Eurovision 2016
Ukraine's Jamala is crowned the winner of the Eurovision Song Contest at the Ericsson Globe Arena in Stockholm AFP/Getty

Ukraine has won the 61<sup>st Eurovision Song Contest. Singer Jamala topped the pop poll with her heart-felt song 1944, that won over the European audience. Her impassioned performance was stripped of the gimmicks and production that usually accompanies a Eurovision song and for once it was the lyrical quality of the track that made it a standout winner.

As she was named the winner, the 32-year-old former opera singer said poignantly: "I know that we sing a song about peace and love, but I really want peace and love for everyone."

Eurovision 2016
Dami Im representing Australia performs the song 'Sound Of Silence' AFP/Getty

Dedicated to her great grandmother, the harrowing lyrics of the song recount the expulsion of almost 250,000 Tartars by Soviet dictator Joseph Stalin to Central Asia. Jamala said that she wanted to make her song 'about my great-grandmother Nazalkhan and thousands of Crimean Tatars who never had a chance to return to Crimea again.'

In her excitement she nearly took a tumble, but nothing was going to put a dampner on her win. The same could not be said however, for frontrunner in the competition Australia, who throughout the contest, looked like winning, however with a twist to the new voting system there was no way of knowing till the final vote was cast, who would take the Eurovision crown.

Eurovision 2016
It was a disappoting night for Joe and Jake representing Great Britain with the song 'You're Not Alone' AFP/Getty

It was also a disappointing night for the UK who came in the bottom six with British entrants Joe and Jake scoring a paltry 62 points. Joe Woolford and Jake Shakeshaft's track You're Not Alone had popular appeal and they had the audience won over as they made the crowd a part of their performance, but it wasn't enough on the night.

Commentator Graham Norton was supportive of the duo nevertheless. "Heads held high, well done boys. Whatever happens tonight they can be very proud of their performance tonight," he said rather generously.

Eurovision 2016
Nina Kraljic representing Croatia performs the song 'Lighthouse AFP/Getty

Regardless of the final result, the Eurovision Song Contest always makes for compelling viewing, although more often than not, for all the wrong reasons and this year was no different. The annual celebration of all that is kitsch and crazy outdid itself, with a litany of eclectic performances, garish costumes and cheesy staging, not to mention some highly questionable songs.

Eurovision 2016
Poli Genova representing Bulgaria with the song 'If Love Was A Crime' AFP/Getty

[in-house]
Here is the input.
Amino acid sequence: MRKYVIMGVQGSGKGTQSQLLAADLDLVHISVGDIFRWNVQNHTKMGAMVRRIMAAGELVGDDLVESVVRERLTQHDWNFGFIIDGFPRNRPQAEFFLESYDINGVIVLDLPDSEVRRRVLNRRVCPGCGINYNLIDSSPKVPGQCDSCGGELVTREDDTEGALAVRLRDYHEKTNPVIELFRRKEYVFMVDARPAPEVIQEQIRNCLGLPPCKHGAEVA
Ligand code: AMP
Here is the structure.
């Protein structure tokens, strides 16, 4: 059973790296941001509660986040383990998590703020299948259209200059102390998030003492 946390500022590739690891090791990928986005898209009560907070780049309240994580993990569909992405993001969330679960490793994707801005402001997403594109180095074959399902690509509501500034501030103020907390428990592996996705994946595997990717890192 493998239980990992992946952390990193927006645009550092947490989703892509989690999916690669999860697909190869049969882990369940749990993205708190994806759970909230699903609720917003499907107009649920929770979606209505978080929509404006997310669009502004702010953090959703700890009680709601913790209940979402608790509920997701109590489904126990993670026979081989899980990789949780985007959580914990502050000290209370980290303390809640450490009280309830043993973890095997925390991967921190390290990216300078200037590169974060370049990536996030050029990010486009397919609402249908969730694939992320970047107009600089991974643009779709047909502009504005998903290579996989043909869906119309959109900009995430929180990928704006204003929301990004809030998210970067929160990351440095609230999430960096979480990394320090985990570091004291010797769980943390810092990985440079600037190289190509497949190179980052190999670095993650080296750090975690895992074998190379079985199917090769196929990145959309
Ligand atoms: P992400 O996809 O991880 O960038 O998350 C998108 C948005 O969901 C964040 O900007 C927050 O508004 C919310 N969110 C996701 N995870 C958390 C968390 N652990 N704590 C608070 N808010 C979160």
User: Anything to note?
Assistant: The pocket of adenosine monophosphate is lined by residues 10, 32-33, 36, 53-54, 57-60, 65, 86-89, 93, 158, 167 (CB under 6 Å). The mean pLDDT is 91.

26 countries took part in the competition where anything goes. There was golden rain, an enchanted garden, a space age setting, barely-there body suits and cat suits, and bare-chested men, and for one night only, Australia became a part of Europe, proving that it could only happen at Eurovision.

Germany's entrant Jamie-Lee Kriewitz appeared dressed as a Japanese schoolgirl while Croatia's Nina Kraljic appeared to be wrapped in tin foil. Representing Bulgaria, Poli Genova went for a space age style in a over-sized monochrome ensemble as she sang If Love Was A Crime. Francesca Michielin performed in a romantic garden setting which should have won points for the staging if not the song.

Eurovision 2016
Jamie-Lee representing Germany performs the song 'Ghost' AFP/Getty

While the outfits were outrageous, the contestants themselves were, well less than interesting. When asked about her pre-performance routine, Australia's Dami Im replied: "I drink water." A favourite to win with her Bond inspired theme, she added that if she did walk away with the title would celebrate by having "a lemonade with the crew."

Eurovision 2016
Justin Timberlake brings some star power to the Eurovision song contest AFP/Getty

A highlight of the evening was an appearance by Suit and Tie singer Justin Timberlake, who brought a rare touch of star power to the event as he performed on the night.

Graham Norton also gave a nod to his predecessor the late Sir Terry Wogan who died in January this year.

Eurovision 2016
Graham Norton raises a glass in memory of Sir Terry Wogan BBC/Facebook

"Tonight Eurovision is a bittersweet one for many of us, because of course it is the first contest since the death of Sir Terry Wogan," he said. "'Eight years ago when I was lucky enough to get this job of commentating, Sir Terry very kindly, graciously phoned me and the only bit of advice he gave me was, 'don't have a drink before song nine.' Now, this is song nine...

"So whilst the crowd here cheer on their home boy, I would urge you back in the UK at home to raise a cup a mug, a glass, whatever you have in front of you and give thanks for the man who was, and always will be the voice of Eurovision. Sir Terry this is song nine."